The school that stood strong in a war zone

Mekelle: 16 May 2024 (Tigray Herald)

Beati Akor Primary School staff achieved the unthinkable by providing a space for learning during Tigray’s deadly two-year civil war.

The school that stood strong in a war zone

Resilient in the face of war, the community around Beati Akor Primary School tried to make the impossible possible by continuing to provide a space for learning during one of the deadliest conflicts of the 21st century.

We first met Head teacher Tsegay Mehari in 2019. Back then, his school was a shining example in the community; his office proudly decorated with medals and trophies showcasing the pupils’ achievements. Nobody could have predicted what came next. 

Disruption caused by Covid-19 was followed by two years of brutal civil war between November 2020 and November 2022. Now a devastating drought is the latest onslaught.

Nobody would blame Tsegay if he felt like giving up. But he never did. 

In this interview, Tsegay explains how the school and its community persevered through incredibly dark times to do right by the pupils and describes the role of Mary’s Meals in helping everyone look to a better future once more. 

Before the war

“Before the conflict, Beati Akor Primary School was a centre of excellence for the whole region. There was a high performance and it was a role model for other schools. But during the conflict, this school was damaged and the total number of the students that were out of school was high. Before the conflict, we had 730 students. During the conflict, it decreased to 261. 

“I was very sad to see the school when it was closed. Our students were passing their time out of school, they were familiar with seeing weapons. It was very bad to see this. You like to see students playing in school and preparing school materials and teachers preparing teaching materials, but their attitude and their practice was totally shifted … I was very sad.”

Keeping the school safe 

It is estimated that 600,000 people lost their lives during Tigray’s civil war. It was a truly horrific conflict that caused millions of people to flee their homes for safety. At Beati Akor Primary School, teachers and community members – amid widespread violence and extraordinary risk to their own selves – made the decision to return to the school, and remarkably, they managed to keep it open.

People did their best to keep the school safe at the teachers’ request and save the raw school materials from damage. Some even approached the soldiers and pleaded with them to ‘keep their school effective’. The school didn’t escape the physical impact of war, but where possible, some attempts at learning continued. As Tsegay explains: “While the conflict was ongoing in Tigray, the teachers motivated themselves to come back. They taught without any salary for over a year.

“We’re not there yet, soldiers used the school as a camp during [part of] the war and the main gate of the school is damaged, the door is absent. The windows in the library are damaged, because of bombs. 

“The war turned back the school. The impact of the war also means that our students are not learning according to their age levels. Because they have missed out on several years of school. Even mentally, they are psychologically damaged. They have trauma. Because they saw different kinds of war activities, their academic performance is not the same as before.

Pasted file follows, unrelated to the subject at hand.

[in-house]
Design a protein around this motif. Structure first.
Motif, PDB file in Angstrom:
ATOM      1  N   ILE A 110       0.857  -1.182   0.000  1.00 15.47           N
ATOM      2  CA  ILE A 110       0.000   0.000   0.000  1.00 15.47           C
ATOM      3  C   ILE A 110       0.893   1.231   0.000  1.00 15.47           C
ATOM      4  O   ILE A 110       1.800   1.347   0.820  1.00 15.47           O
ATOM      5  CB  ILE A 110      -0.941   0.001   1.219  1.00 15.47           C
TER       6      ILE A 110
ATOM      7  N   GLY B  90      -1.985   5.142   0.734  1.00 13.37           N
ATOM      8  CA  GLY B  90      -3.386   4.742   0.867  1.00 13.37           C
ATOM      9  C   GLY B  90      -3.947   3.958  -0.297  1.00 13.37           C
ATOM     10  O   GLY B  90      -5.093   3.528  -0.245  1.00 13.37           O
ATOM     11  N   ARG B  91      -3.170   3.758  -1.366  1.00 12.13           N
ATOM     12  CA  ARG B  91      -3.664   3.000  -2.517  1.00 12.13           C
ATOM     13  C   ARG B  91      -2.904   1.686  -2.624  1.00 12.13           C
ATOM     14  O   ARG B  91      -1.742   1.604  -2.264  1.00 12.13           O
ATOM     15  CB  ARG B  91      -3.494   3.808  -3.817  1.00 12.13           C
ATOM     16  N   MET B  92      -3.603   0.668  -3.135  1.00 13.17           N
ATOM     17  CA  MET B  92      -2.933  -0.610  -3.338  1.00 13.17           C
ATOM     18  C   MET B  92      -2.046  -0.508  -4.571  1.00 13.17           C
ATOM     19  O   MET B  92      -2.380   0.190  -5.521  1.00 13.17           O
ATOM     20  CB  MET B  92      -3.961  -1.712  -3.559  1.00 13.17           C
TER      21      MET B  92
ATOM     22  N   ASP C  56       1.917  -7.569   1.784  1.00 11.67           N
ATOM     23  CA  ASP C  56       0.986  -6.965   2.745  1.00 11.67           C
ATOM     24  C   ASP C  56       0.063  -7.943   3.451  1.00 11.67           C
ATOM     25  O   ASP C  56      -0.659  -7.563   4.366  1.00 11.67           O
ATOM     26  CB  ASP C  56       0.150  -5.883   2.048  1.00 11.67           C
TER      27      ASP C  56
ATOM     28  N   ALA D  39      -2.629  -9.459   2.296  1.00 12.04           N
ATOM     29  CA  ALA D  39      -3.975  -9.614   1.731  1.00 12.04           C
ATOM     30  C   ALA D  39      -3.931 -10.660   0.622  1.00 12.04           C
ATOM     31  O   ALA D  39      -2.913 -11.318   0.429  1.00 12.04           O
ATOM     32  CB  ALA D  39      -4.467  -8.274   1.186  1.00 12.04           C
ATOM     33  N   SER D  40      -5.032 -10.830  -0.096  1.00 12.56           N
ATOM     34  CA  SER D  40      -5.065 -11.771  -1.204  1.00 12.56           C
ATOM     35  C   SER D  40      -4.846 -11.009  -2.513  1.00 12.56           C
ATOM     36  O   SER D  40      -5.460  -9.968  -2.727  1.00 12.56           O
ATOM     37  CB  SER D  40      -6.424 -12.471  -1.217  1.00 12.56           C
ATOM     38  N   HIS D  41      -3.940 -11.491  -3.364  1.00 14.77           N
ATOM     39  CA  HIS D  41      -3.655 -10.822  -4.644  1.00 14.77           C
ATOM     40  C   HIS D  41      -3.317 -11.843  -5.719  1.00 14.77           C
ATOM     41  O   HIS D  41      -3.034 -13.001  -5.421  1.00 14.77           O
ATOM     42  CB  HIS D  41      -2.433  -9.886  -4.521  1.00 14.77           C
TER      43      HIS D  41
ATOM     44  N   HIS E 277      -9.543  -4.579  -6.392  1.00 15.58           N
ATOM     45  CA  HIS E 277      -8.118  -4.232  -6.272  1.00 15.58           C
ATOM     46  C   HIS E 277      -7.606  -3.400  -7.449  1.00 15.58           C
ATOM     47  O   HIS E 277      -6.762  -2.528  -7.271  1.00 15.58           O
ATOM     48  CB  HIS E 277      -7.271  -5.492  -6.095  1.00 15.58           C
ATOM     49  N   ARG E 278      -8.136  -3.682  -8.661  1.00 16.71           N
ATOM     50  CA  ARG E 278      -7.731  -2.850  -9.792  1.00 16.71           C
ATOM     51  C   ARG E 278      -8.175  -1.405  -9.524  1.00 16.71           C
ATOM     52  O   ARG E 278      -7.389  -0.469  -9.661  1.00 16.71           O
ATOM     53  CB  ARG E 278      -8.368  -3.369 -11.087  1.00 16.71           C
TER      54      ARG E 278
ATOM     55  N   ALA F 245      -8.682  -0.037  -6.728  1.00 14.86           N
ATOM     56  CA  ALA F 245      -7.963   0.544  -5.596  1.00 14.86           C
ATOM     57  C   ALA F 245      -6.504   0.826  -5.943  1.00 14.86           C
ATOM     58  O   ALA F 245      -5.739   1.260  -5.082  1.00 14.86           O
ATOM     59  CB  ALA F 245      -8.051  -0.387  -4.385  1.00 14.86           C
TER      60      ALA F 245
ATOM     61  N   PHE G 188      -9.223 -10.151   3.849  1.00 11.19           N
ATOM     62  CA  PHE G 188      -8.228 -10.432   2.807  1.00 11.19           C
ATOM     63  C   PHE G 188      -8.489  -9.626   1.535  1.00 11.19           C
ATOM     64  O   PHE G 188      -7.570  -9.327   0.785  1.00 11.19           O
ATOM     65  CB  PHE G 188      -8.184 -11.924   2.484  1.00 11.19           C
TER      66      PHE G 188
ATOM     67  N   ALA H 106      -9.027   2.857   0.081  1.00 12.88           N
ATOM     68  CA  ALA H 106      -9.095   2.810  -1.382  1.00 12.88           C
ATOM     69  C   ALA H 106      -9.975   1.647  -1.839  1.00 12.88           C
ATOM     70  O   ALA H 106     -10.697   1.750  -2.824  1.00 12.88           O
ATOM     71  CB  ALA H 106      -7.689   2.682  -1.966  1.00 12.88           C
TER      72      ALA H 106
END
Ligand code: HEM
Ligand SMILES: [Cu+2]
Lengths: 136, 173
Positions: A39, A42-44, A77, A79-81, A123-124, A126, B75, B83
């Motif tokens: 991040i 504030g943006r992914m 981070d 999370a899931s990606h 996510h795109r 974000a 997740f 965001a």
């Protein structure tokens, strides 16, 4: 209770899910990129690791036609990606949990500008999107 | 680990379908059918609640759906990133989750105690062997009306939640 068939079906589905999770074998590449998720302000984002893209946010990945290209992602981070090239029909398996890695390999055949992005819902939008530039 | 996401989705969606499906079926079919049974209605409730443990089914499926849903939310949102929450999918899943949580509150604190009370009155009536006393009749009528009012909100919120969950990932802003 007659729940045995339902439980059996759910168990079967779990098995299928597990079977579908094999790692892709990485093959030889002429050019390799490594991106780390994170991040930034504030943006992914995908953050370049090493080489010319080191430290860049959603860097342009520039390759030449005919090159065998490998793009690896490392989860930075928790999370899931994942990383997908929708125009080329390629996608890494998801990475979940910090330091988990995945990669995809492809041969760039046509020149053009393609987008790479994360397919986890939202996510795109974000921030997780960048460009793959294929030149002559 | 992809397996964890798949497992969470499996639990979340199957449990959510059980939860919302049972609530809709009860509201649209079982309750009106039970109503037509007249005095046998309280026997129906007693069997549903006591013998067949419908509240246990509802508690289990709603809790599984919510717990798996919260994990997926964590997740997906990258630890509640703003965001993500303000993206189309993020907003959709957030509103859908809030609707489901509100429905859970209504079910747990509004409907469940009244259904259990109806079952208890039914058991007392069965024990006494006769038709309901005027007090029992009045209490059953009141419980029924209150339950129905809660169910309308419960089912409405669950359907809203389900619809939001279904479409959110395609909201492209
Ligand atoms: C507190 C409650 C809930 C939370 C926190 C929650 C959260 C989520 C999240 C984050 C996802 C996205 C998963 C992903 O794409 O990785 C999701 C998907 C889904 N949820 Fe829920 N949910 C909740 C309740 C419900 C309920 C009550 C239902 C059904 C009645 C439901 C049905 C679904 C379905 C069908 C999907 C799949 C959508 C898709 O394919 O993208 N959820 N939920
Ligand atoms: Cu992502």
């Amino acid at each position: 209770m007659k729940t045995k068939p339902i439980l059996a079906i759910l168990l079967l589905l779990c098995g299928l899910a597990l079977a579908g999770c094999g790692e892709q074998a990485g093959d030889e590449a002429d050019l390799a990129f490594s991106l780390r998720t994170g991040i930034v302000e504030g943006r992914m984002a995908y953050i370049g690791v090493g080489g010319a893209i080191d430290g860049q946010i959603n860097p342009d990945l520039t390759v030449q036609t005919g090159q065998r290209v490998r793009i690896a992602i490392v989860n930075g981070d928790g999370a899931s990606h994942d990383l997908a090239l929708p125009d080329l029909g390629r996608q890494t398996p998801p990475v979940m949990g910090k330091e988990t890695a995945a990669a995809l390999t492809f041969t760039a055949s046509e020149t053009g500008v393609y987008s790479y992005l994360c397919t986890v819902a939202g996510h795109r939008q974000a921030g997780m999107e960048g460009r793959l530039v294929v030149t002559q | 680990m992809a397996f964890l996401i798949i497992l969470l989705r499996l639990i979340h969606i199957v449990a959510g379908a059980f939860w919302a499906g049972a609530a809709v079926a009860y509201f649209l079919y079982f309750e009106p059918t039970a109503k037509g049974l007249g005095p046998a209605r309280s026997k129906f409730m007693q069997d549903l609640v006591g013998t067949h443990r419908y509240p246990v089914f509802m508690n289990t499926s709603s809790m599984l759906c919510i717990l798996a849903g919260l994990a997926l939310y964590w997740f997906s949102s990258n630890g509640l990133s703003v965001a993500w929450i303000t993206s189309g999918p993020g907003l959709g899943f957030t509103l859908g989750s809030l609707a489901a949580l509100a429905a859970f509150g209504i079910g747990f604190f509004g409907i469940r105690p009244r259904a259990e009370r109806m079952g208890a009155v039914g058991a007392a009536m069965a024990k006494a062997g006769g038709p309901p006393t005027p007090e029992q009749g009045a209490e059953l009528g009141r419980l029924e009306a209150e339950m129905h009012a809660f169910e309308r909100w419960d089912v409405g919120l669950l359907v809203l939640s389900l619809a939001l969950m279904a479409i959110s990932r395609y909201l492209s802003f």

“The war caused great damage to the school, but the school community has started to rehabilitate. Previously, we got a lot of awards from different governments and different NGOs and now we are trying to have a good performance, just like before.” 

The impact of school meals 

Teachers did all that they could to encourage children to return to school, but the risks of war and the devastating levels of hunger meant that many stayed away. Some children were working, others begging, others left with their families in search of a new beginning. Tsegay is adamant it was the reintroduction of school meals (after the war was over) that made all the difference and brought students back to the classrooms in significant numbers. 

“During the conflict, the feeding programme was closed too. Now that it has started back again, the number of students has highly increased. Now we have more than 1,000 students. They have all come back because of the feeding programme. 

“Clearly, the feeding programme has a great impact in enrolment, but also in academic performance. Our hope is to make this school a role model not only for this country, but an international model school. A high-performing school of achievement. We will try to be successful.

“The feeding programme has other benefits, it helps the community too. There is high need here and the feeding programme helps by providing food for their children, it is a great help for society. 

“In Tigray right now, the hunger level is very high. There are so many internally displaced people. Drought is happening in Tigray at this time. There was coronavirus, after that the war, then the drought. So much damage created in Tigray. The community needs help.” 

Thank you for all that you do to help to provide reliable school meals for the children of Beati Akor Primary School. This consistent source of nutrition offers a lifeline that so many families are dependent on in this time of desperate need as the region is overwhelmed by hunger and food insecurity. 

We are working tirelessly with our trusted partner to expand our school feeding programme in Tigray.  If you are in a position to support us, please do – and help us reach the tens of thousands of children still waiting for the chance to start learning again. Please donate today.


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